As I have tried to explain elsewhere, any disciplinary thrust of "Africana Studies" must be fed by deliberate attempts to imagine possibilities for fashioning new human possibilities by searching these residue intellectual traces for lessons.  In his book Of Africa, Wole Soyinka calls the traces to be found in the modalities and texts of Africa its "dynamic possessions," potential commodities of exchange as-or-more valuable than any material resource.  Recovering these traces and repurposing them can lead, according to Ngugi wa Thiongo in his book Something Torn and New, to "the decolonization of modernity."  Ayi Kwei Armah, considered by some the continental African writer most committed to imagining the intellectual and social possibilities of a deep historical African "re-membering," refers to the process for undertaking such work in his book The Eloquence of the Scribes as "the dance of inspiration."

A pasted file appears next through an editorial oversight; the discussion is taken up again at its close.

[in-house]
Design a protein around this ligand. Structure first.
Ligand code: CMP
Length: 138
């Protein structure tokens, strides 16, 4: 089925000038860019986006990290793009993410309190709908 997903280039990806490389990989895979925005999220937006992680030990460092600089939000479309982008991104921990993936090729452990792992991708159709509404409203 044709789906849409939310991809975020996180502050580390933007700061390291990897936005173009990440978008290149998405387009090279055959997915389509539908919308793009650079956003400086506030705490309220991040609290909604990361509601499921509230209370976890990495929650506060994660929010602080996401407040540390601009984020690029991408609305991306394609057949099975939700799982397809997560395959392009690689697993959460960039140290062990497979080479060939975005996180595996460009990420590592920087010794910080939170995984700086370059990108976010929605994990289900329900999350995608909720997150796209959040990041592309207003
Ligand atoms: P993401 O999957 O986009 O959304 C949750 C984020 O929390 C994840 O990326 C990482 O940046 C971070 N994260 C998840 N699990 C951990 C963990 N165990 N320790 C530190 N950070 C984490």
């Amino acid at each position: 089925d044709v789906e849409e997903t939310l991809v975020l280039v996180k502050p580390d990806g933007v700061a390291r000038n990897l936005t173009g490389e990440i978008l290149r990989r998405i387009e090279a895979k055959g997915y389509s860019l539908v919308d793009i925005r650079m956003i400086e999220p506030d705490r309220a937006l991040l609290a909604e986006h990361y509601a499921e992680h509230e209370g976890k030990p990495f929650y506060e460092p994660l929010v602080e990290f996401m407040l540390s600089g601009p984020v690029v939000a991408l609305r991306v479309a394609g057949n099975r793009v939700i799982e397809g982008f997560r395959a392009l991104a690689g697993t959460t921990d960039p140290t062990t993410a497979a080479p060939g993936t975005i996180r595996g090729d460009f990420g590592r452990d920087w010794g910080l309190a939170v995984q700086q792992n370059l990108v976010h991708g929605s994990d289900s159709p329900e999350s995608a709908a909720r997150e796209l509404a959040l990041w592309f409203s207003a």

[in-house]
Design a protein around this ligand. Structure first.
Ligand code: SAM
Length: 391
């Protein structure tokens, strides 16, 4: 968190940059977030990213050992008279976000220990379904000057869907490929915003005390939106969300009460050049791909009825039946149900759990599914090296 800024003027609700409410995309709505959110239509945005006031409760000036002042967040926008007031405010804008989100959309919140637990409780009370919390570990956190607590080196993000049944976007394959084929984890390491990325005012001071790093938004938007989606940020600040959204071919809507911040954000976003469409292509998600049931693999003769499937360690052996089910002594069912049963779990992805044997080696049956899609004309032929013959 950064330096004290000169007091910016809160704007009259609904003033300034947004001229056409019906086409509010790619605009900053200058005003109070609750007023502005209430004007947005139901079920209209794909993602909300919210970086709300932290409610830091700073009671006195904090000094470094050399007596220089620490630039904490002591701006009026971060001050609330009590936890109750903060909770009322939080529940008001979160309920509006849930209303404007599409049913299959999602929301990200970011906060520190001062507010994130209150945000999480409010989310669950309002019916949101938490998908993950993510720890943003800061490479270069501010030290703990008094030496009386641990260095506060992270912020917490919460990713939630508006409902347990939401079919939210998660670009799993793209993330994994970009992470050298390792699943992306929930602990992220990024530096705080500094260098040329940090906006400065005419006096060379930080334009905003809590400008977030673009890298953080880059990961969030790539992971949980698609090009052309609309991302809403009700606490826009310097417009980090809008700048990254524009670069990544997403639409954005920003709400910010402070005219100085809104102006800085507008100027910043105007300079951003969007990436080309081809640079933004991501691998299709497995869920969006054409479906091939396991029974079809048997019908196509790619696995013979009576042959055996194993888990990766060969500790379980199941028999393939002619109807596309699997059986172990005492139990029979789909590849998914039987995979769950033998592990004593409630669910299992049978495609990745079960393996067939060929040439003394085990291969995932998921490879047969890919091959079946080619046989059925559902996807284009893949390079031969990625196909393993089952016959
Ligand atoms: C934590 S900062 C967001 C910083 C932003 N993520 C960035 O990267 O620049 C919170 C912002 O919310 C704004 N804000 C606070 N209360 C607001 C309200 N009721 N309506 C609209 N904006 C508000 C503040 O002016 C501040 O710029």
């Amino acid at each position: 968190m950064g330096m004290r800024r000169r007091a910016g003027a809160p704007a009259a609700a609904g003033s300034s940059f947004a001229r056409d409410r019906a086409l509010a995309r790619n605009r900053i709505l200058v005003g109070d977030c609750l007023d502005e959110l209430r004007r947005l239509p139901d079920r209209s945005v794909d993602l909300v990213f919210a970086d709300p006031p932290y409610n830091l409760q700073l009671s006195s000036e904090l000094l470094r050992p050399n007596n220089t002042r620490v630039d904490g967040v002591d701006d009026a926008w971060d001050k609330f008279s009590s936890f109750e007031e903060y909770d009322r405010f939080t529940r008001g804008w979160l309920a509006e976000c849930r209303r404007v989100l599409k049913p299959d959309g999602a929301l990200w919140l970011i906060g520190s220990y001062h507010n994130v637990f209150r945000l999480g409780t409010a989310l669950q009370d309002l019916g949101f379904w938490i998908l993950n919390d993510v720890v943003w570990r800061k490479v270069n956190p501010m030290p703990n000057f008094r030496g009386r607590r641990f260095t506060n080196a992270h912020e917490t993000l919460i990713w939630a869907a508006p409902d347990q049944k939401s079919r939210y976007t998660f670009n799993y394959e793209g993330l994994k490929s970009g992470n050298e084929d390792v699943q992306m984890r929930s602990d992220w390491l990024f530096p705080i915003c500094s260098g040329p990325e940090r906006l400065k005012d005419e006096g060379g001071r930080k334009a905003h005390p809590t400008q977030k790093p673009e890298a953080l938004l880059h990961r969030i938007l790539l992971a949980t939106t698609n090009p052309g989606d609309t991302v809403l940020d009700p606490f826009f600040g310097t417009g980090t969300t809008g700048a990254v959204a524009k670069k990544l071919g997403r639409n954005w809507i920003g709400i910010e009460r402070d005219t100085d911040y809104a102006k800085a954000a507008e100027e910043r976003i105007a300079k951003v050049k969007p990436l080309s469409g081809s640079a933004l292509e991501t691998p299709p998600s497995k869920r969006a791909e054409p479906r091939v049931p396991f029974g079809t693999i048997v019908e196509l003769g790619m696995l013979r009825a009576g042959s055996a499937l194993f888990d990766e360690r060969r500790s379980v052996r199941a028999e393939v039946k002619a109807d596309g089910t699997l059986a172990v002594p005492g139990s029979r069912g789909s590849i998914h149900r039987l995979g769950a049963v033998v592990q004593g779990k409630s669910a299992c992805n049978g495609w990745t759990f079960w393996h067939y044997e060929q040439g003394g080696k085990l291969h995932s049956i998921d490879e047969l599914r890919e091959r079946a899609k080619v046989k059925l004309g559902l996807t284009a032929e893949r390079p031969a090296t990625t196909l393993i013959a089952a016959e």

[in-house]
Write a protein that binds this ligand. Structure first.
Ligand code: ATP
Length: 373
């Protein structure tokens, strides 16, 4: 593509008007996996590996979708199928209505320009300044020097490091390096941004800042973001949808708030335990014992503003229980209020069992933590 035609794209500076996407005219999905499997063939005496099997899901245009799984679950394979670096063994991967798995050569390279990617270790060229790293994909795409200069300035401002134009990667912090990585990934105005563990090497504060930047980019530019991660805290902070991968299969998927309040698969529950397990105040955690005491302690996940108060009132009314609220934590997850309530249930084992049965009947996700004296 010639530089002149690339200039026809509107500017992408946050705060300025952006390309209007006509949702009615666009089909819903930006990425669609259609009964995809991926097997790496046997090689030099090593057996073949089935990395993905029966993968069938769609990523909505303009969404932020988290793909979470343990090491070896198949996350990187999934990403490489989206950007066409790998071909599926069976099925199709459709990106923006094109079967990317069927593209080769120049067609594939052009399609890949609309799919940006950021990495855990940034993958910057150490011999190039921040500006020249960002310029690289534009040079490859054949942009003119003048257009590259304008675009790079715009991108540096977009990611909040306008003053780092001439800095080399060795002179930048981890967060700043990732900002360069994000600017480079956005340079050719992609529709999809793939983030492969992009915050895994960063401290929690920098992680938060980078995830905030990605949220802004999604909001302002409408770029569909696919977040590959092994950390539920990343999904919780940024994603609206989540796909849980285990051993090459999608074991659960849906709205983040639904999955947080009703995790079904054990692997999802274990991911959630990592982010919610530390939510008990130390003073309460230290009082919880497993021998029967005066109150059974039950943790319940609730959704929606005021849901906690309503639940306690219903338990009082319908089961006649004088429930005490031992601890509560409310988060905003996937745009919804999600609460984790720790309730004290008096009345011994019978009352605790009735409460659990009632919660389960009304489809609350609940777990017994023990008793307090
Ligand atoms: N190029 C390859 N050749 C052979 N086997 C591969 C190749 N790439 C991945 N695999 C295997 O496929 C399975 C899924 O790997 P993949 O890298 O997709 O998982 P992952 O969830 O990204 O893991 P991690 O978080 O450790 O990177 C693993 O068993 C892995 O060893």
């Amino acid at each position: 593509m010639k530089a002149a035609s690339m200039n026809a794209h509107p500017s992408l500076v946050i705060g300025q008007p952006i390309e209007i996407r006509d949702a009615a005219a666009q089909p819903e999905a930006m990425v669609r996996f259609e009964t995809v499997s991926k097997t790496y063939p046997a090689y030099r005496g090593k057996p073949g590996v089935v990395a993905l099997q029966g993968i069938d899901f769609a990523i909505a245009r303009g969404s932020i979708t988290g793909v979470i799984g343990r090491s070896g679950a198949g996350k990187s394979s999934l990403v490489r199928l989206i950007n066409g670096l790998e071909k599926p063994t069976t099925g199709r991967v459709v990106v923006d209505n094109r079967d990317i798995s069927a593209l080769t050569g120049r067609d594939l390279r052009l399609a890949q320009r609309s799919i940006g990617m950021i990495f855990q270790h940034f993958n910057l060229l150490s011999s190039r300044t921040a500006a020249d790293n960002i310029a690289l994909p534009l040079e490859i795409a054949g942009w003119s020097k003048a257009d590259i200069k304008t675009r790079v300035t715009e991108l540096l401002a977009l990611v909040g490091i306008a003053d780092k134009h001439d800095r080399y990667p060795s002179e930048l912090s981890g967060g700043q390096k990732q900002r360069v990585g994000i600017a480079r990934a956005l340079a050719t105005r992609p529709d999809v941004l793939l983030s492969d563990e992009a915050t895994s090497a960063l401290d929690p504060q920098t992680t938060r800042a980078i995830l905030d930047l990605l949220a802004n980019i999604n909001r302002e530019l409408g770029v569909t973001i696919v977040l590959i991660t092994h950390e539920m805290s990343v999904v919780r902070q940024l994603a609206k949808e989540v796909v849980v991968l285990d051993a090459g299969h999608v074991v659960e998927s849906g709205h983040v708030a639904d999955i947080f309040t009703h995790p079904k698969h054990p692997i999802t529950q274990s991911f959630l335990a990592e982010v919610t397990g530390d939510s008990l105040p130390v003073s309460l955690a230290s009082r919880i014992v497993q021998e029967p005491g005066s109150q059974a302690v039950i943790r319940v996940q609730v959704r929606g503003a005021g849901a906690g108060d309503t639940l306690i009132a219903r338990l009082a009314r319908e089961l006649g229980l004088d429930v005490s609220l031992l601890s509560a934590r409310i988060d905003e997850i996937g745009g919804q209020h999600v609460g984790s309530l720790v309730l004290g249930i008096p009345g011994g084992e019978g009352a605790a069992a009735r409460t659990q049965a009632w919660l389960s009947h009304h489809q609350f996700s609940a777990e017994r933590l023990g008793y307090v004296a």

Such work is not an exercise in "fomenting race pride," but something that transcends the stifling, losing game of "race." Asking Africa fundamental questions in our search for human meaning shatters externally-imposed labels by finding contributions to human understanding from one's own people, throughout time and space. Learning a language is the well-accepted port of entry for beginning to think about how people imagine themselves, their worlds, and human possibilities. While more and more students of Africana have begun studying the languages of contemporary Africa as part of this process, the number of Africans who have studied older African languages in order to ask deep African antiquity questions is, in the words of Armah, "uncomfortably close to zero."